Style:Case-Mate Samsung Galaxy S2 Barely There Case
<p>Protect your Galaxy S2 with a customizable Barely There Case-Mate brand case from Zazzle. This form-fitting case covers the back and corners of your device with an impact resistant, flexible plastic shell, while still providing access to all ports and buttons. Designed for the Samsung Galaxy S2, this sleek and lightweight case is the perfect way to show off your custom style.</p>
Durable & lightweight hard plastic case.
Designed for the Samsung Galaxy S2 AT&T international model (does not fit the Galaxy S2 Skyrocket).
Printed in the USA.
Designer Tip: To ensure the highest quality print, please note this product’s customizable design area measures 5.2" x 3.2". For best results please add 1/4" bleed.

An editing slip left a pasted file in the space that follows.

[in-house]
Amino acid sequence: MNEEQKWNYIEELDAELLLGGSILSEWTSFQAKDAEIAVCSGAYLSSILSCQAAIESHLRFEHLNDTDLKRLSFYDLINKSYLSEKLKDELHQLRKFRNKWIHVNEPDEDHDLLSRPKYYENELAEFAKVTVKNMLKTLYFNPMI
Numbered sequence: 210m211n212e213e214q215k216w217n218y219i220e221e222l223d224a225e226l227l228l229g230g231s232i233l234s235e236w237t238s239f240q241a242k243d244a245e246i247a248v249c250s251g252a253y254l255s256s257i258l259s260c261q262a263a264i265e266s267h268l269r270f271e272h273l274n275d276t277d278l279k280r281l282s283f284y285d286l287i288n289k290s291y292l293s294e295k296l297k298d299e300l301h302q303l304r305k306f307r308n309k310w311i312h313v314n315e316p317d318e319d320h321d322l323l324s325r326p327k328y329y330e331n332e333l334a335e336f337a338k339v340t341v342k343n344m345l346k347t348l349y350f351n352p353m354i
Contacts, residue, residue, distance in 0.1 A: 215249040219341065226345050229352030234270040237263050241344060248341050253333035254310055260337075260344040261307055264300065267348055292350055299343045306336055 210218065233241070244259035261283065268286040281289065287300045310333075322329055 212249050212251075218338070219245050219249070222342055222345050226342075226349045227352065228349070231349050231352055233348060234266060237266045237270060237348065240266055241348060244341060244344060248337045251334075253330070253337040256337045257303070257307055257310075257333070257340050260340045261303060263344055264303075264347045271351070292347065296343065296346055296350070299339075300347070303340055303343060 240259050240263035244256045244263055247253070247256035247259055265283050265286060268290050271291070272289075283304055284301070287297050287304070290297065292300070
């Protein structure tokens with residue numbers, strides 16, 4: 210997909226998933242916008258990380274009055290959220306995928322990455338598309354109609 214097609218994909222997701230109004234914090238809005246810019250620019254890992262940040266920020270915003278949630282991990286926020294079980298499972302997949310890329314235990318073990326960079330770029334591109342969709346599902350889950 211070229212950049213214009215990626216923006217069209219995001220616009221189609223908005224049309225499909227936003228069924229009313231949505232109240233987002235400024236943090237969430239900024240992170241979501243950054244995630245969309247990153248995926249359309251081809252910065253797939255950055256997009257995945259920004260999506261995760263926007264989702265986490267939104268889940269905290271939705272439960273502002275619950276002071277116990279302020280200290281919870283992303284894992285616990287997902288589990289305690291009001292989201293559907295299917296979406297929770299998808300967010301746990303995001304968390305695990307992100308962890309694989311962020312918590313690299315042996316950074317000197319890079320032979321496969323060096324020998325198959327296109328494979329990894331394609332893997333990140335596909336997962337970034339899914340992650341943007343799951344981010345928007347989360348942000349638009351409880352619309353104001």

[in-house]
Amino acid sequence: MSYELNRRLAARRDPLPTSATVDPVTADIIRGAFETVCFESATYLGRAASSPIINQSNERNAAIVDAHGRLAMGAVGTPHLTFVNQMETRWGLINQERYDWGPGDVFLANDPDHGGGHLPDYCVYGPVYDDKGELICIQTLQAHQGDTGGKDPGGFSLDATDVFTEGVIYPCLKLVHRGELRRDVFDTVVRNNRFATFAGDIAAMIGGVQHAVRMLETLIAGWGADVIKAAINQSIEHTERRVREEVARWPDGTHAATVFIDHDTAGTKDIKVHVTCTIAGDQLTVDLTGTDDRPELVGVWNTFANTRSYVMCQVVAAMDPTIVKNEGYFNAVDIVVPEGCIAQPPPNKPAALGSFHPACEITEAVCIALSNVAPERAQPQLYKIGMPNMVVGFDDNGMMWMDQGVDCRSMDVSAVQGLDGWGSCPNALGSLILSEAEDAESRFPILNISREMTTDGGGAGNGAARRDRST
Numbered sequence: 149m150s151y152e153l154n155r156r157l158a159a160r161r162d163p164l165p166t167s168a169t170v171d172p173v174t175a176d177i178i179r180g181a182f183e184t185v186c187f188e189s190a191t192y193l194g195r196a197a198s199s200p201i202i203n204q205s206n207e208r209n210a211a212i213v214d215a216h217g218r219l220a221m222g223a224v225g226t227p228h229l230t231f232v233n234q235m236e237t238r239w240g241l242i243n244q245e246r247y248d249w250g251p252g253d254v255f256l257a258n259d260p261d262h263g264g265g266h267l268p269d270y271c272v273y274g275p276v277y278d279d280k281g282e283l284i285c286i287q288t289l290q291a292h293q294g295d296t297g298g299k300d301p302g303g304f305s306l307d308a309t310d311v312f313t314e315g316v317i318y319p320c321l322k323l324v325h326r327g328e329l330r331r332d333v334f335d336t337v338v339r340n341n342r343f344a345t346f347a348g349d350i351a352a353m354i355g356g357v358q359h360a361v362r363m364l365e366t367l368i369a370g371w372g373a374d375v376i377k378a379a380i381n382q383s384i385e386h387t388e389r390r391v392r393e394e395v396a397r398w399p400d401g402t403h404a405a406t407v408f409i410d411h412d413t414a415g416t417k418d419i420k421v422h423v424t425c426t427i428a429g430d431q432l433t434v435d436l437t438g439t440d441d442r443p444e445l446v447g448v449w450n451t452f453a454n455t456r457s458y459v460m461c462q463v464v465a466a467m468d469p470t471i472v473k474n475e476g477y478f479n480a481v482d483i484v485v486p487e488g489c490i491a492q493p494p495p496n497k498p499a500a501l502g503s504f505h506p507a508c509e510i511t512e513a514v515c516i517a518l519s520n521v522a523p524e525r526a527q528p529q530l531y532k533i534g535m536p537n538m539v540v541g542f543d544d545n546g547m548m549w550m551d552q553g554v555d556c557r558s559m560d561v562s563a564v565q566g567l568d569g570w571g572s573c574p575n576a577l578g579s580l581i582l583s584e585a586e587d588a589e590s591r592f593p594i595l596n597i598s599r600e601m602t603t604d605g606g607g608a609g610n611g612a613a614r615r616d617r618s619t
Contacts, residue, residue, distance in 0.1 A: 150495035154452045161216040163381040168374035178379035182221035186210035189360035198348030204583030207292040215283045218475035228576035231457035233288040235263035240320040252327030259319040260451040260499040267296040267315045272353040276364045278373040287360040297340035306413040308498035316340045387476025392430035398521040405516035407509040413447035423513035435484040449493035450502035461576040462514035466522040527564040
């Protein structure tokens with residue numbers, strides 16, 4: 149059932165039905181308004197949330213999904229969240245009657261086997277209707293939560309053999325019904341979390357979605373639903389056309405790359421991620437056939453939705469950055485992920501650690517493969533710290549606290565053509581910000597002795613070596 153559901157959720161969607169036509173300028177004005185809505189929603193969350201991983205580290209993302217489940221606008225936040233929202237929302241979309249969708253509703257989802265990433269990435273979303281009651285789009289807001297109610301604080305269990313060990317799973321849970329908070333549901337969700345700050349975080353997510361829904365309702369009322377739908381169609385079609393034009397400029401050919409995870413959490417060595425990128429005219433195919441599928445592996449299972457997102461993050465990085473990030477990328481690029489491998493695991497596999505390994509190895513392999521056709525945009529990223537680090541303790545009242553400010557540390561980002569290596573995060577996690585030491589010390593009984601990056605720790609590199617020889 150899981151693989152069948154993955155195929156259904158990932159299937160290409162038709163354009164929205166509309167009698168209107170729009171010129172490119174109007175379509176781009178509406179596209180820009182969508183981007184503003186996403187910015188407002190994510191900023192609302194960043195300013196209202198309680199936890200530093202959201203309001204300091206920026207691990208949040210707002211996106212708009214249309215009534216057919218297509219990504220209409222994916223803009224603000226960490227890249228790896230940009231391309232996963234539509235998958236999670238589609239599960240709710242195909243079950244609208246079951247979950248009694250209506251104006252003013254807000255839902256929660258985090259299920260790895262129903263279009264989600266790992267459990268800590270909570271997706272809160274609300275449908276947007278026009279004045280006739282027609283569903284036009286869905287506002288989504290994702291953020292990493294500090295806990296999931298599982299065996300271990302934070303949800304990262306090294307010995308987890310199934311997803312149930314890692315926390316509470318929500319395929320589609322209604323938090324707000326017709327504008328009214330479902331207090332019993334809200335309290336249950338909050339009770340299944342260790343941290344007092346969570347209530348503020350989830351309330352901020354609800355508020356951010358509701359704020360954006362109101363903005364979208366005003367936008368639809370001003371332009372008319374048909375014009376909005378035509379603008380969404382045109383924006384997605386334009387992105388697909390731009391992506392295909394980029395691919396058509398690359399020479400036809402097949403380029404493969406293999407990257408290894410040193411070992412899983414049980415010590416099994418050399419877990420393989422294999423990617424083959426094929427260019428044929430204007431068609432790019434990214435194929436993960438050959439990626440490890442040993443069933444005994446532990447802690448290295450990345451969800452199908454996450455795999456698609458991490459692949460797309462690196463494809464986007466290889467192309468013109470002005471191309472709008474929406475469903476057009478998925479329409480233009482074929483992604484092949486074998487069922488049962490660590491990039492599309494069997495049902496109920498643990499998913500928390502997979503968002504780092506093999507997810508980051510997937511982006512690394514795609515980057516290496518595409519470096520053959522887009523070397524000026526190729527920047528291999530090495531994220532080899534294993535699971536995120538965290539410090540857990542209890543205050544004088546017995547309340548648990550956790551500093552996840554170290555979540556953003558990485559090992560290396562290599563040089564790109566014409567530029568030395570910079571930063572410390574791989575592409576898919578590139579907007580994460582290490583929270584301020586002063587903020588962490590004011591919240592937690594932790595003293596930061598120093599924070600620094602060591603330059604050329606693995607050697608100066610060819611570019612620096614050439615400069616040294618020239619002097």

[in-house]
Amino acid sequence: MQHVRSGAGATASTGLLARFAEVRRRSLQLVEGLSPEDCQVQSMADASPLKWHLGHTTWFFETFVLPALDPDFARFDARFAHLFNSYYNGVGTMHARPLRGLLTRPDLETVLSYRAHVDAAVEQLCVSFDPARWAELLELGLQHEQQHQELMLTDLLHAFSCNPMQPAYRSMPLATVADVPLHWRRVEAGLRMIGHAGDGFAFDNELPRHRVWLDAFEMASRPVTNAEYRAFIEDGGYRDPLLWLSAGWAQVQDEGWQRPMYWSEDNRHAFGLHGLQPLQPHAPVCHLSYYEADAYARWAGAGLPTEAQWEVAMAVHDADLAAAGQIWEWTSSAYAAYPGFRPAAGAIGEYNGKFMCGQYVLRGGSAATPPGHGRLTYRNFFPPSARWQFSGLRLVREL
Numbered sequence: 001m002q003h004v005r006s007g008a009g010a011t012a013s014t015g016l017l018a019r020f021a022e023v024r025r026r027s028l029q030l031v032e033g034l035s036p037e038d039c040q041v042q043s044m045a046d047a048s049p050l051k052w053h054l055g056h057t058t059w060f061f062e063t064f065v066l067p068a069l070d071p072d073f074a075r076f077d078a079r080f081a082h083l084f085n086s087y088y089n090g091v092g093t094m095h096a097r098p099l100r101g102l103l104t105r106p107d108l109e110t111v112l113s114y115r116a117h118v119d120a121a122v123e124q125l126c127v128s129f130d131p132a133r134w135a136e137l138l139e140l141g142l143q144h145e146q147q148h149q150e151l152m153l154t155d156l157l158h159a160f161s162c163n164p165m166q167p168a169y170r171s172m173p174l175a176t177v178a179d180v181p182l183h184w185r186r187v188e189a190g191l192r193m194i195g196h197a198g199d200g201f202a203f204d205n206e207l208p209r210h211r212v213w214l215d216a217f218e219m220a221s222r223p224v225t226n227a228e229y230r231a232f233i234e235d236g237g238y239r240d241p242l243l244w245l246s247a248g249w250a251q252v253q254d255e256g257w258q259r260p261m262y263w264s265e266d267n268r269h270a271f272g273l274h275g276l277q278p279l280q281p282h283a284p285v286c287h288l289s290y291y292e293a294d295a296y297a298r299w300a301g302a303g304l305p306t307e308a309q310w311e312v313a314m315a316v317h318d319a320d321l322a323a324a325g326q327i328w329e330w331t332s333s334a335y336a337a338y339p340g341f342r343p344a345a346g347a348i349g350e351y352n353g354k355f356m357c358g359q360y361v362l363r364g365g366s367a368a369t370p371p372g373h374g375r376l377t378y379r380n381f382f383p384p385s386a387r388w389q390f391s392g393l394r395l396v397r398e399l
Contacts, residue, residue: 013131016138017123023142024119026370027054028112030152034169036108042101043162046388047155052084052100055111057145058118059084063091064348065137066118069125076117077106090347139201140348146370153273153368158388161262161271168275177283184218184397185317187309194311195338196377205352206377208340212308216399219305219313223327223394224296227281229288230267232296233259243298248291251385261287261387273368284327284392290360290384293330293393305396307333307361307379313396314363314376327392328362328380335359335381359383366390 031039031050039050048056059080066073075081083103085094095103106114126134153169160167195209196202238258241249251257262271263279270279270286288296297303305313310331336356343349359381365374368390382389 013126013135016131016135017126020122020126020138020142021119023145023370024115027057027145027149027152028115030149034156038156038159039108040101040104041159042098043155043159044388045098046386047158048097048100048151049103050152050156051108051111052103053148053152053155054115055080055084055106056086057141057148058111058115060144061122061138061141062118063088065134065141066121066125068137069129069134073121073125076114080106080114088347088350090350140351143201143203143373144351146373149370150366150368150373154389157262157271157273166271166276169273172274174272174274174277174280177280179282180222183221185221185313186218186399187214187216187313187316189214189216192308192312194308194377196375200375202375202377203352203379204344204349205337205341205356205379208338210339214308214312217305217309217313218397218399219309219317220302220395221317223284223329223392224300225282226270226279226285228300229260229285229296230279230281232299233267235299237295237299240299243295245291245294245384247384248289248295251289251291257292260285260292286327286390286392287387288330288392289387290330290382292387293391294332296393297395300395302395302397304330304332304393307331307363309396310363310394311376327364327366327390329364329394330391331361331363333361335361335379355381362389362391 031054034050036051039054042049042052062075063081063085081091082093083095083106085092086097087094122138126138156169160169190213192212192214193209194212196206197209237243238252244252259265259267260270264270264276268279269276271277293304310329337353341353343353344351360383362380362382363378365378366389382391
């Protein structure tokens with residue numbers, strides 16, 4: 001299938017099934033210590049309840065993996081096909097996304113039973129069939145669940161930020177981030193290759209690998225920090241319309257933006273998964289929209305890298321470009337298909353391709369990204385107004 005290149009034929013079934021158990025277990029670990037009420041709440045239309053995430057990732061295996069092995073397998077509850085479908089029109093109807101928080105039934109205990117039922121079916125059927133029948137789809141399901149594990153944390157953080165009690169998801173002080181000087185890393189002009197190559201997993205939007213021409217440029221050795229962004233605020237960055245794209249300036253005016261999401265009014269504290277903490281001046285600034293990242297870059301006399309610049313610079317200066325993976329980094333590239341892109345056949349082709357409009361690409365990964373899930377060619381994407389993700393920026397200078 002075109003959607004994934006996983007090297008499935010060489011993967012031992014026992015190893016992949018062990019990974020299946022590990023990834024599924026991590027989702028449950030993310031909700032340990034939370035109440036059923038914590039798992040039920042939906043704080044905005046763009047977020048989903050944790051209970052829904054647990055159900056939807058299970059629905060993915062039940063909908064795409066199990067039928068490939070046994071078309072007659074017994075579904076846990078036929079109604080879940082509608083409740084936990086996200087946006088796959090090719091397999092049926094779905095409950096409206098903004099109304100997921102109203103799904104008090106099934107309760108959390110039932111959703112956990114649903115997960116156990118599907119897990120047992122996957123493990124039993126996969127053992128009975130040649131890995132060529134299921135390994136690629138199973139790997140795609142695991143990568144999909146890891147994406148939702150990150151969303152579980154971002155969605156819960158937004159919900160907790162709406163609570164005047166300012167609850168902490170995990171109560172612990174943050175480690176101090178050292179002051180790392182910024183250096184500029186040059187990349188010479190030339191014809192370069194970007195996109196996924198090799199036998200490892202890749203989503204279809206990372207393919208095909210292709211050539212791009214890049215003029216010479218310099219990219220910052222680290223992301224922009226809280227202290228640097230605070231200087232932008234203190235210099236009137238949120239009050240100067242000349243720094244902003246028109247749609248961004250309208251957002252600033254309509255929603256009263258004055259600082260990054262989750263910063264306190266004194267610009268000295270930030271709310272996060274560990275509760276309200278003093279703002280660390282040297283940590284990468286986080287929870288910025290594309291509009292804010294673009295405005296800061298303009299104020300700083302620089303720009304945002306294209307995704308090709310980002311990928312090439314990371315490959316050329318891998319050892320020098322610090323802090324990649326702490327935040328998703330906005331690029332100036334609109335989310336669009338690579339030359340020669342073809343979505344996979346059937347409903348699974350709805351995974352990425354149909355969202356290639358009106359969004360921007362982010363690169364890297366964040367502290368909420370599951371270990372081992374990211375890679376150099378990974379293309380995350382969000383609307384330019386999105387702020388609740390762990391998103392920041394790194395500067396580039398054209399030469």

Chester Alan Arthur (October 5, 1829 – November 18, 1886) was an American politician who served as the twenty-first President of the United States. Arthur was a member of the Republican Party and worked as a lawyer before becoming the twentieth vice president under James Garfield. While Garfield was mortally wounded by Charles Guiteau on July 2, 1881, he did not die until September 19, at which time Arthur was sworn in as president, serving until March 4, 1885. Before entering politics, Arthur was a member of the Stalwart faction of the Republican Party and a political protégé of Roscoe Conkling, rising to Collector of Customs for the Port of New York. He was appointed by President Ulysses S. Grant but was fired by the succeeding Rutherford B. Hayes under suspicion of bribery and corruption. To the indignation of the Stalwarts, the onetime Collector of the Port of New York became, as President, a champion of civil service reform. Avoiding old political cronies and alienating his old mentor Conkling, public pressure, heightened by the assassination of Garfield, forced an unwieldy Congress to heed the President. Arthur's primary achievement was the passage of the Pendleton Civil Service Reform Act. The passage of this legislation earned Arthur the moniker "The Father of Civil Service" and a very favorable reputation among historians. Publisher Alexander K. McClure wrote, "No man ever entered the Presidency so profoundly and widely distrusted, and no one ever retired… more generally respected." Author Mark Twain, deeply cynical about politicians, conceded, "It would be hard indeed to better President Arthur's administration."